The Beatles Rock Band Review: Four Lads From Liverpool Make A Game
Hope arose a few years ago when Paul McCartney was quoted as saying that he was open to including the music of one of the most important bands of all time in a video game. A few years later that comment has evolved into “The Beatles Rock Band,” a masterwork from Harmonix, the developers behind the original “Guitar Hero” and “Rock Band,” that will catch the attention of gamers of all ages. Whether you know the difference between “Rock Band” and a real rock band, or can tell a Höfner from a Hasslehoff, and even if you’ve never picked up a video game controller, ever, you know who The Beatles are, and you know their songs, and that’s why this game works so well.
Sure, the core gameplay of the game is, for the most part, unchanged, making this just another “Rock Band” game. Yeah, that’s basically true, but this “Rock Band” stars The friggin’ BEATLES – the biggest band in the history of rock and roll music. These four guys from Liverpool single-handedly changed the face of music, and have influenced every facet of modern-day popular music, whether you know it or not. So, they aren’t just The Beatles, they are the most important band to ever pick up a guitar, bass, drums, and a three-part harmony.
Enough gushing about the fact that someone managed to get The Beatles into a video game, and onto the gameplay. If you’ve played “Rock Band” before you should have a good idea of what to expect, because it’s pretty much the same thing as the previous two releases. The biggest difference is the fact that with “The Beatles” as many as six people can play; three on instruments, and three on vocals – therein expanding the party by two people. The addition of two more people on vocals offers up a handful of new challenges, as long as you like to sing (usually finding someone to is a challenge in itself), hitting the harmonies can be a frustrating, yet very rewarding experience. It’s a new layer added on top of an already complete package, and hopefully something Harmonix will continue to carry over to future iterations of the franchise.
One of the other noticeable changes in the game is the graphics, since they all keep with an ongoing, band inspired theme. The menus, the game play screen, even the credits all have a decidedly Beatles feel to them that other games will just never be able to recreate. The Beatles always had such a unique style about them, and each of those looks are recreated in the game throughout the story mode, both in the chapter introductions, as well as the gameplay screens. They go so far as to recreate the pictures painted by the song lyrics visually for songs that were rarely performed lived, via Dreamscapes, loving homage to classic songs.
The team at Harmonix also knew they had a potential huge hit on their hands, and they went out of their way to make the game as accessible as possible, targeting as large of an audience as possible, without compromising the complexity of the game. There are multiple, separate training modes that will turn any gamer into the Fifth Beatle, whether they want to play guitar, drums, or sing, “The Beatles Rock Band” will walk you through from beginning to end. They also set the game’s easy mode to a default no fail so even grandma can play an not worry about ruining it for everyone else.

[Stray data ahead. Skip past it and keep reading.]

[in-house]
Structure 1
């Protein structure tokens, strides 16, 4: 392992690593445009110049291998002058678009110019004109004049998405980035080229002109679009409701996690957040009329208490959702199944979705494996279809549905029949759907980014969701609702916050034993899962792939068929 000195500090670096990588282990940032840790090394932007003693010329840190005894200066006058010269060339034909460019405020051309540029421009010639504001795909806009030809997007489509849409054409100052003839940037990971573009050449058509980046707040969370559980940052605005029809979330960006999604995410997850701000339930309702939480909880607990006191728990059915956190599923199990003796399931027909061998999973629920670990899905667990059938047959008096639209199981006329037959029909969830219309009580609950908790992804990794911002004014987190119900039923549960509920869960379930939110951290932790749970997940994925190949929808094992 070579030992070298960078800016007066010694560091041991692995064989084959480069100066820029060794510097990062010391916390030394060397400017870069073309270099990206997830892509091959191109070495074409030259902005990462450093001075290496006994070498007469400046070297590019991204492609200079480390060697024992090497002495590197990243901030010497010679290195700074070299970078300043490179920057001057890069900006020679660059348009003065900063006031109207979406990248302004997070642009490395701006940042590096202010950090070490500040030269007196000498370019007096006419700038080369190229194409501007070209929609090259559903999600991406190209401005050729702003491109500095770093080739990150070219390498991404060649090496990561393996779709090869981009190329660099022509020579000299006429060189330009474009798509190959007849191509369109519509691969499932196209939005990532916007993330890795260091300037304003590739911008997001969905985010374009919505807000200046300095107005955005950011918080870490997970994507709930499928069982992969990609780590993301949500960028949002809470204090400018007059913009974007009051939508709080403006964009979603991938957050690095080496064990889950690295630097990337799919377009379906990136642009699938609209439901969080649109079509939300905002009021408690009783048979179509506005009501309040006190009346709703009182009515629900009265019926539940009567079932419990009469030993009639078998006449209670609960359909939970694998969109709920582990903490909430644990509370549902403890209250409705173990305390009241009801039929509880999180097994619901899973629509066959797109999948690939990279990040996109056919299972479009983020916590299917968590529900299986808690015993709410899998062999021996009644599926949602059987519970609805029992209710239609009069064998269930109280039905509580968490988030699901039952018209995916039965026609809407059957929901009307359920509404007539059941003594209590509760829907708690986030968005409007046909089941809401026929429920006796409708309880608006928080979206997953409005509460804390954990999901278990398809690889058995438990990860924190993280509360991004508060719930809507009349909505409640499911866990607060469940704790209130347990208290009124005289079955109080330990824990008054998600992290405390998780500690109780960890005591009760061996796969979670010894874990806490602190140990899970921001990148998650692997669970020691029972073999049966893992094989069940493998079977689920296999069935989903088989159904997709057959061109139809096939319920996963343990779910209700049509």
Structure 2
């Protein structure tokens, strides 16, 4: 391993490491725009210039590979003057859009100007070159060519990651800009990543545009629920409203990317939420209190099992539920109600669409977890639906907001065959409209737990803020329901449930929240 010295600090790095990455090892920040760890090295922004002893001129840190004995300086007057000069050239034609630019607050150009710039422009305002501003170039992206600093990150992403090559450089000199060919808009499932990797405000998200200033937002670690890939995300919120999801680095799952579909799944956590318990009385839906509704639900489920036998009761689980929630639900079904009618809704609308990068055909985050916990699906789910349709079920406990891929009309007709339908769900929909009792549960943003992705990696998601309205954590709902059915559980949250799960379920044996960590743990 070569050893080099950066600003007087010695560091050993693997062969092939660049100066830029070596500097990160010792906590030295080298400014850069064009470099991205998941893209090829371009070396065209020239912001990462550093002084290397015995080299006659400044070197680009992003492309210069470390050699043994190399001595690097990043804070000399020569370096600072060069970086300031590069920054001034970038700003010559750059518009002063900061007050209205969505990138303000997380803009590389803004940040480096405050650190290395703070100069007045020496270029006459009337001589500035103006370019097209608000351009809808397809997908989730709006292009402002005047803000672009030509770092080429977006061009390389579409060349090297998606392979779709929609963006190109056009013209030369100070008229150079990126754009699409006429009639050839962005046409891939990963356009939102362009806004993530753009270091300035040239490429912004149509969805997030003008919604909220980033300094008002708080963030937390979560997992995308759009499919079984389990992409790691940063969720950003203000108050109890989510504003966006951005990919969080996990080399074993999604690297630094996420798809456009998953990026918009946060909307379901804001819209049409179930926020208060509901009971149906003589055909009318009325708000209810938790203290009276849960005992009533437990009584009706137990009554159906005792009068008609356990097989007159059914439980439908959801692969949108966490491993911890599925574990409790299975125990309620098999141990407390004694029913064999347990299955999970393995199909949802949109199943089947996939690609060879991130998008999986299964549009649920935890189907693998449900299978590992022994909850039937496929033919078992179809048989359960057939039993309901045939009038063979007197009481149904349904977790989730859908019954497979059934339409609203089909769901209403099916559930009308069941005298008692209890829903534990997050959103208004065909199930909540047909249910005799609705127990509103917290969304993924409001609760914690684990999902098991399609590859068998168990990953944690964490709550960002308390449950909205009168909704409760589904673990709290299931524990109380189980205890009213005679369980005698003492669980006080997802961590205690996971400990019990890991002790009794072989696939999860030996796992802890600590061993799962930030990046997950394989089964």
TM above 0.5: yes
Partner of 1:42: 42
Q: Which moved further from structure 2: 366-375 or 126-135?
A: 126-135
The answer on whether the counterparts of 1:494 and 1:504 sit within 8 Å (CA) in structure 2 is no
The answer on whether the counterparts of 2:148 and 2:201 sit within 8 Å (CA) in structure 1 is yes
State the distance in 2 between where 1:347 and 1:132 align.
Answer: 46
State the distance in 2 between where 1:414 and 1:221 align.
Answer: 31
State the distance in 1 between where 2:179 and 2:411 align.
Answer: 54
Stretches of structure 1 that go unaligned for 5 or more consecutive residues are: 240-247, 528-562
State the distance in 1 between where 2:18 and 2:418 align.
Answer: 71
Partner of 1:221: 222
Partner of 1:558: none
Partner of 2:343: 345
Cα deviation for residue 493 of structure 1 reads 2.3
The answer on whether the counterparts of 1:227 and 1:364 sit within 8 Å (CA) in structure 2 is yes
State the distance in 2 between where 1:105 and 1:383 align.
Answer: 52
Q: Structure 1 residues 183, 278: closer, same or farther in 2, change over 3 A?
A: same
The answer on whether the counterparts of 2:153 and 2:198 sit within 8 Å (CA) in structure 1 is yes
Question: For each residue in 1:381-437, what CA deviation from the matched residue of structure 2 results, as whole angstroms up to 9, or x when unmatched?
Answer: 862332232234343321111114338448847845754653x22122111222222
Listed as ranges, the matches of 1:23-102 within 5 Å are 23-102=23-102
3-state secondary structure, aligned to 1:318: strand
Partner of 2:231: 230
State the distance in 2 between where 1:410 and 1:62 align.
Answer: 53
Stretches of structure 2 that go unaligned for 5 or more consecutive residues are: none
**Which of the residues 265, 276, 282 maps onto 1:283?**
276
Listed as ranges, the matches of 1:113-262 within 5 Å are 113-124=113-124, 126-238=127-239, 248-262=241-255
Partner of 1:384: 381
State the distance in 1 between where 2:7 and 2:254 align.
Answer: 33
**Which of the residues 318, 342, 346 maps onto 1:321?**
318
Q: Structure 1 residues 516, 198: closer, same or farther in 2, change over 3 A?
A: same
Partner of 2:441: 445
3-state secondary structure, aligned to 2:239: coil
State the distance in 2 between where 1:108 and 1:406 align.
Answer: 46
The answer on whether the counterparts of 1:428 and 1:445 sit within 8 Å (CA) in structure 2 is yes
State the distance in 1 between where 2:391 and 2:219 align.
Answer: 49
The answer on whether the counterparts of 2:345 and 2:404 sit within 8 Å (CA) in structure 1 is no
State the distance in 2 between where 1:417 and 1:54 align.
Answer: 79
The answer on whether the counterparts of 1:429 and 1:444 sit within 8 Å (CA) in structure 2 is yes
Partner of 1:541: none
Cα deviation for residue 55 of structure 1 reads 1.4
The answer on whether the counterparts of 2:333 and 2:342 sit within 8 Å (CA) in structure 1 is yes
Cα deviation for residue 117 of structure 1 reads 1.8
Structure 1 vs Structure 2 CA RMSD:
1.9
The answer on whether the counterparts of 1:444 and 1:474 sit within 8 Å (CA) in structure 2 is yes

The most impressive aspect of the game is easily the amount of classic, rare, and never-before-seen content that was included as unlockables in the game that should draw some attention from any Beatles fan. There’s tons of photos and videos that even the die hard fans have never seen, and, with everything collected in one place, aside from the Anthology collection, this may be the best way to get acquainted with the entire breadth of The Beatles work.
As good as the game is, it’s not perfect. There are only 45 songs included on the disk, which means there are even less songs than the original “Guitar Hero” (47) – granted all these are master recordings of The Beatles, it’s still less. Also, it is just another “Rock Band” game, and it looks like the band rhythm game genre is about to hit the wall in terms of innovation, however, the three-part vocals do make up for that a little, offering at least something new.
The first time I saw it, I got chills, and now having played the final product I can truly understand why. The Beatles are such a beloved, and protected, piece of music history that I once thought that a game even featuring, much less based on, their music would never see the light of day. However, those concerns are now long gone, and Beatles fans of all ages can now experience their music in an entirely new way. That being said, much like the Aerosmith and Metallica versions of “Guitar Hero” “The Beatles: Rock Band” is very focused on one band (that band is The Beatles, but that means different things to different people), and unlike those games, this one doesn’t offer up any contributions from other artists, making this game even more targeted. However if you are a fan of the Fab Four, or even of just great music in general, you should make “The Beatles Rock Band” part of your collection; consider it Harmonix’s Revolver.
“The Beatles Rock Band” was developed by Harmonix Music Systems, and published by MTV Games on September 9, 2009 for the Xbox 360, Playstation 3, and Wii. This review is based on the Xbox 360 version of the game.